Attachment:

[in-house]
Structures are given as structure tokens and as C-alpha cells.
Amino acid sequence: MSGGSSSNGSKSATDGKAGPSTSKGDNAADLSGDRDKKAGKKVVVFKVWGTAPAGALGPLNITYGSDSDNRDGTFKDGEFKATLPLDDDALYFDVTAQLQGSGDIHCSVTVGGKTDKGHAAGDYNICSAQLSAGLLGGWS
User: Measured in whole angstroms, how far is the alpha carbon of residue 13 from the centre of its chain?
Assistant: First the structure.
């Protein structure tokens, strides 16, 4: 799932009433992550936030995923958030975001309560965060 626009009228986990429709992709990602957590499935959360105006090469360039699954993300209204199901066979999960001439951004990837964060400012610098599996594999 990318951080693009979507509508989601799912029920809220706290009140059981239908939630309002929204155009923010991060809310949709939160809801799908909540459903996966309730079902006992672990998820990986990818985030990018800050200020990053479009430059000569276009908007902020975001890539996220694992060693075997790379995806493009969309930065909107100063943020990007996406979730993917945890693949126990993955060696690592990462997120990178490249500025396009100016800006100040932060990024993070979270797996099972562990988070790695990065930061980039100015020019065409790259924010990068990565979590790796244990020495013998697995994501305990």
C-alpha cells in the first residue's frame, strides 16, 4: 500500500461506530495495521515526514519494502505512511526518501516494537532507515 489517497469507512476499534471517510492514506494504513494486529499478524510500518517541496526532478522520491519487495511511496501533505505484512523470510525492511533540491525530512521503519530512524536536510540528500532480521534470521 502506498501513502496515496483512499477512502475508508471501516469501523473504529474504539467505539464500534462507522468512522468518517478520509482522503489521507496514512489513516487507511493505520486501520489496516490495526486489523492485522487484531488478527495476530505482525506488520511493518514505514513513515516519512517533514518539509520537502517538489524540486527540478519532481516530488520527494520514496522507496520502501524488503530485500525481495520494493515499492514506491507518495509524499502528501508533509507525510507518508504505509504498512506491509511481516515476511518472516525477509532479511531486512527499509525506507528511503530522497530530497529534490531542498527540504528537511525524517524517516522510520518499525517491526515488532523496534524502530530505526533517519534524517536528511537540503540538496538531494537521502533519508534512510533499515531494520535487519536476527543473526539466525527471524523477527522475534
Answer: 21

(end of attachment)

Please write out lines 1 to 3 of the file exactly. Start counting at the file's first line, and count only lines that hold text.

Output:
[in-house]
Structures are given as structure tokens and as C-alpha cells.
Amino acid sequence: MSGGSSSNGSKSATDGKAGPSTSKGDNAADLSGDRDKKAGKKVVVFKVWGTAPAGALGPLNITYGSDSDNRDGTFKDGEFKATLPLDDDALYFDVTAQLQGSGDIHCSVTVGGKTDKGHAAGDYNICSAQLSAGLLGGWS